During the 1850’s, in what position did the Saints receive the sacrament?
a. Stood in line at the sacrament table, where they would receive the sacrament
b. Stood at their pews
c. Sat at their pews, like today
d. Kneeled at their pews
c. The Mormon Tabernacle Choir
The following in reference to the Mormon Tabernacle Choir performing at the Chicago World Fair in 1893: The conditions for being included in the choir to perform at the Fair were rigorous. First of all, only 250 of the 300 voices could compete. That selection came chiefly through elimination of those who could not afford the time off. It had always been understood that choir members received no compensation for performing at any time. The Union Pacific railroad came through with a special rate for choir members to and from the Fair. The railroad offered not only a special rate, but agreed to furnish a special train, made up of all new cars, with first class Pullman sleepers for the choir members.
On August 29, 1893 the choir members had crowded enthusiastically into the Union Pacific station at the west end of South Temple Street for their departure to Chicago. When the First Presidency boarded the train, they were ushered to Mr. Pullman’s special car, “Pickwick,” which he had loaned to President Wilford Woodruff for the Mormon leader’s personal accommodations.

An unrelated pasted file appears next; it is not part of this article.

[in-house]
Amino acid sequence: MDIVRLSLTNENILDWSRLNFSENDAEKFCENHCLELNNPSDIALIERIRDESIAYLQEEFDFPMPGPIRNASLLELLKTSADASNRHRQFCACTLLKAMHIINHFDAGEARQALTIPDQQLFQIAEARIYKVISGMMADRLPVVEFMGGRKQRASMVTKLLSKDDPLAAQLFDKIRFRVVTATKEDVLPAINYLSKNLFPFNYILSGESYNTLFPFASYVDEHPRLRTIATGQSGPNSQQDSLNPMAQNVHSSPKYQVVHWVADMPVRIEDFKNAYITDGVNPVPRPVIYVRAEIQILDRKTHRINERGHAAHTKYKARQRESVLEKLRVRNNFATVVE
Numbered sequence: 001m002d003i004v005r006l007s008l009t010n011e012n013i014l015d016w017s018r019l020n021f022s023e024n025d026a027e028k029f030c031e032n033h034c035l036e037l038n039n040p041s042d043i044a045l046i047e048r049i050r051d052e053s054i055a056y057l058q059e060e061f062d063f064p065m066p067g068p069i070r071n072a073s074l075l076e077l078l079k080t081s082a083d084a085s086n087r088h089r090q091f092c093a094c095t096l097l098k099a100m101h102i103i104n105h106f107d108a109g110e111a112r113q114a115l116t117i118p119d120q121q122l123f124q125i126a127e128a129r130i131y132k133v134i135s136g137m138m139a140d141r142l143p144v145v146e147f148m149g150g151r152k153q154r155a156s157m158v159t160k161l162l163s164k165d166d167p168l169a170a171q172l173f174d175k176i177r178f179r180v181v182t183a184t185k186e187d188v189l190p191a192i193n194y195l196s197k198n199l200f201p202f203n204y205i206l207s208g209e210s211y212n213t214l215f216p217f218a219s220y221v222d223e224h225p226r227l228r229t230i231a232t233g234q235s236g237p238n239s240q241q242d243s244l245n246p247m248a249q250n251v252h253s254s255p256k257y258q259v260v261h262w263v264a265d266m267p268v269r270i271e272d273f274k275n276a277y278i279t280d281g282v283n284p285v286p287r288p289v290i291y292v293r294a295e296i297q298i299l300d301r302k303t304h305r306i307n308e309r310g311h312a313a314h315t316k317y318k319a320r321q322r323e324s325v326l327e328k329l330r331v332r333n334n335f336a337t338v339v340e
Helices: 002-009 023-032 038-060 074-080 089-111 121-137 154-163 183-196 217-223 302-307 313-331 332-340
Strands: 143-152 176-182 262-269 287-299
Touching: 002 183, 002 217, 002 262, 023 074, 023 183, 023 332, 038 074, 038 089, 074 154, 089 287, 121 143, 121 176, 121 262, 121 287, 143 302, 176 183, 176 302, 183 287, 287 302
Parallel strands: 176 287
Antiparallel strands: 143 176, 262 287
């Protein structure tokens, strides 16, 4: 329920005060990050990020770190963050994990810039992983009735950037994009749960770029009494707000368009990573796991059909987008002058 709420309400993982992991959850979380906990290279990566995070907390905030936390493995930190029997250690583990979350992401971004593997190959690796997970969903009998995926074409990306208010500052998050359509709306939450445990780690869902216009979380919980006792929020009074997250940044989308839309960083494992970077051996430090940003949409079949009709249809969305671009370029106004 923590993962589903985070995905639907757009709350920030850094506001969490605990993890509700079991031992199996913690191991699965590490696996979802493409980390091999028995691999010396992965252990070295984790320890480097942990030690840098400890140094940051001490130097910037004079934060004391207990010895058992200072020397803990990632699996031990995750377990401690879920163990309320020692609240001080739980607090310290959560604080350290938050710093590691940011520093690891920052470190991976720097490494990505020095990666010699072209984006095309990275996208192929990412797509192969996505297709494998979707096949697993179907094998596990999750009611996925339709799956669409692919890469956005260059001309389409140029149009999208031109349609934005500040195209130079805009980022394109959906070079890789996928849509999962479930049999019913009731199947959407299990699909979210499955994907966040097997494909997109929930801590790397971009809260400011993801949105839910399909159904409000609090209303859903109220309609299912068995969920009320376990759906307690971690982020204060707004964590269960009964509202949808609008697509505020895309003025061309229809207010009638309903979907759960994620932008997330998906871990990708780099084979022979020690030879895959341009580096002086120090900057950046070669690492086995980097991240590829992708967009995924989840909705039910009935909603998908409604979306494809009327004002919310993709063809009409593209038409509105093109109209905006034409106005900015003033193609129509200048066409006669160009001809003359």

Huge banners on the side of the railroad cars boldly proclaimed, “MORMON TABERNACLE CHOIR, 250 VOICES, EN ROUTE TO CHICAGO TO SING AT THE WORLDS’S FAIR.”
The first stop had been Denver. At least 500 people were turned away from the Trinity Church, where the choir performed a paid concert. Next came Independence, Missouri on September 1, site of mob violence and Mormon expulsion just fifty  years earlier.
The Kansas City Star carried an illustrated article proclaiming that “This had been a great day in the history of the Mormon Church and one of the most memorable in the history of the town of Independence.” It had seemed to the Mormons, as they sang on the “Temple Lot” that morning, a scared moment on sacred soil. The choir sang “The Spirit of God Like a Fire is Burning,” then closed with the anthem “Hosanna.” The members of the choir picked up pebbles and tore off twigs of trees as relics of that visit back to the spot where the Prophet Joseph Smith had declared in 1831 that the great temple for the ushering in of the Second Coming would be erected.
Keith Terry, Great Moments in Mormonism, (Maasai Publishing, 1996), 61-62.